A military Flight simulator at Payerne air base, Switzerland
A flight simulator is a device that artificially re-creates aircraft flight and the environment in which it flies, for pilot training, design, or other purposes. It includes replicating the equations that govern how aircraft fly, how they react to applications of flight controls, the effects of other aircraft systems, and how the aircraft reacts to external factors such as air density, turbulence, wind shear, cloud, precipitation, etc. Flight simulation is used for a variety of reasons, including flight training (mainly of pilots), the design and development of the aircraft itself, and research into aircraft characteristics and control handling qualities.
- 1 History of flight simulation
- 2 Types of flight training devices in service
- 3 Technology
- 4 Qualification and approval
- 5 Modern high-end flight simulators
- 6 Amateur and video game flight simulation
- 7 See also
- 8 References
- 9 External links
History of flight simulation
World War I (1914–18)
An area of training was for air gunnery handled by the pilot or a specialist air gunner. Firing at a moving target requires aiming ahead of the target (which involves the so-called lead angle) to allow for the time the bullets require to reach the vicinity of the target. This is sometimes also called "deflection shooting" and requires skill and practice. During World War I, some ground-based simulators were developed to teach this skill to new pilots.
The 1920s and 1930s
The best-known early flight simulation device was the Link Trainer, produced by Edwin Link in Binghamton, New York, USA, which he started building in 1927. He later patented his design, which was first available for sale in 1929. The Link Trainer was a basic metal frame flight simulator usually painted in its well-known blue color. Some of these early war era flight simulators still exist, but it is becoming increasingly difficult to find working examples.
The Link family firm in Binghamton manufactured keyboard organs, and Ed Link was therefore familiar with such components as leather bellows and reed switches. He was also an amateur pilot, but dissatisfied with the amount of real flight training that was available, he decided to build a ground-based device to provide such training without the restrictions of weather and the availability of aircraft and flight instructors. His design had a pneumatic motion platform driven by inflatable bellows which provided pitch and roll cues. An electric motor rotated the platform, providing yaw cues. A generic replica cockpit with working instruments was mounted on the motion platform. When the cockpit was covered, pilots could practice flying by instruments in a safe environment. The motion platform gave the pilot cues as to real angular motion in pitch (nose up and down), roll (wing up or down) and yaw (nose left and right).
Initially, aviation flight schools showed little interest in the "Link Trainer". Link also demonstrated his trainer to the U.S. Army Air Force (USAAF), but with no result. However, the situation changed in 1934 when the Army Air Force was given a government contract to fly the postal mail. This included having to fly in bad weather as well as good, for which the USAAF had not previously carried out much training. During the first weeks of the mail service, nearly a dozen Army pilots were killed. The Army Air Force hierarchy remembered Ed Link and his trainer. Link flew in to meet them at Newark Field in New Jersey, and they were impressed by his ability to arrive on a day with poor visibility, due to practice on his training device. The result was that the USAAF purchased six Link Trainers, and this can be said to mark the start of the world flight simulation industry.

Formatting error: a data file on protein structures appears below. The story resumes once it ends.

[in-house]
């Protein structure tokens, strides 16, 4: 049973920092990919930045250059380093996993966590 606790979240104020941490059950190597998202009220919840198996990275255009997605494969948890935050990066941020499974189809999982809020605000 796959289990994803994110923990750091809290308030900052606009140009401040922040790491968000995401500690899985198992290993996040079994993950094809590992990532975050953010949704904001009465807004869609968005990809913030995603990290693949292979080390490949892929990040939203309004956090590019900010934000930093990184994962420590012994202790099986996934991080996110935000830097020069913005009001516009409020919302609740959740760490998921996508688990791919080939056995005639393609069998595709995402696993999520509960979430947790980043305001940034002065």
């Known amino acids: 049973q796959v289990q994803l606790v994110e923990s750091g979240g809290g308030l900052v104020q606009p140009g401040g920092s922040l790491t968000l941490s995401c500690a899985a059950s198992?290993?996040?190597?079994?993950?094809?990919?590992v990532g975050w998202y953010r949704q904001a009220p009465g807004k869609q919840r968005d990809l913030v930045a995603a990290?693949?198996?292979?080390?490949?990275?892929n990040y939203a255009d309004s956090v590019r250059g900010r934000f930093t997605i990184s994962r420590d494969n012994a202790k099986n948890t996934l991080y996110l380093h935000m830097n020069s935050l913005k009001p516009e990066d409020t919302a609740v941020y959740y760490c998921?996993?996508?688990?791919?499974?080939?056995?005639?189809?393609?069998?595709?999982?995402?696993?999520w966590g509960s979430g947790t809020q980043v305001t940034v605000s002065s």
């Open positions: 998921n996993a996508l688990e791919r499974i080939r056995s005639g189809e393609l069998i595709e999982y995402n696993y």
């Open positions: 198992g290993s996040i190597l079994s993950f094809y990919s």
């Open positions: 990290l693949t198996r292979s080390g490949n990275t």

World War II (1939–1945)
The principal pilot trainer used during World War II was the Link Trainer. Some 10,000 were produced to train 500,000 new pilots from allied nations, many in the USA and Canada because many pilots were trained in those countries before returning to Europe or the Pacific to fly combat missions. Almost all US Army Air Force pilots were trained in a Link Trainer.
A different type of World War II trainer was used for navigating at night by the stars. The Celestial Navigation Trainer of 1941 was 13.7 m (45 ft) high and capable of accommodating the navigation team of a bomber crew. It enabled sextants to be used for taking "star shots" from a projected display of the night sky.
1945 to the 1960s
In 1954 United Airlines bought four flight simulators at a cost of $3 million from Curtiss-Wright that were similar to the earlier models, with the addition of visuals, sound and movement. This was the first of today's modern flight simulators for commercial aircraft.
Types of flight training devices in service
Training for pilots
Several different devices are utilized in modern flight training. Cockpit Procedures Trainer (CPT) are used to practice basic cockpit procedures, such as processing emergency checklists, and for cockpit familiarization. Certain aircraft systems may or may not be simulated. The aerodynamic model is usually extremely generic if present at all.
Motion in flight simulators
Statistically significant assessments of skill transfer based on training on a simulator and leading to handling an actual aircraft are difficult to make, particularly where motion cues are concerned. Large samples of pilot opinion are required and many subjective opinions tend to be aired, particularly by pilots not used to making objective assessments and responding to a structured test schedule. For many years, it was believed that 6 DOF motion-based simulation gave the pilot closer fidelity to flight control operations and aircraft responses to control inputs and external forces and gave a better training outcome for students than non-motion-based simulation. This is described as "handling fidelity", which can be assessed by test flight standards such as the numerical Cooper-Harper rating scale for handling qualities. Recent scientific studies have shown that the use of technology such as vibration or dynamic seats within flight simulators can be equally as effective in the delivery of training as large and expensive 6-DOF FFS devices.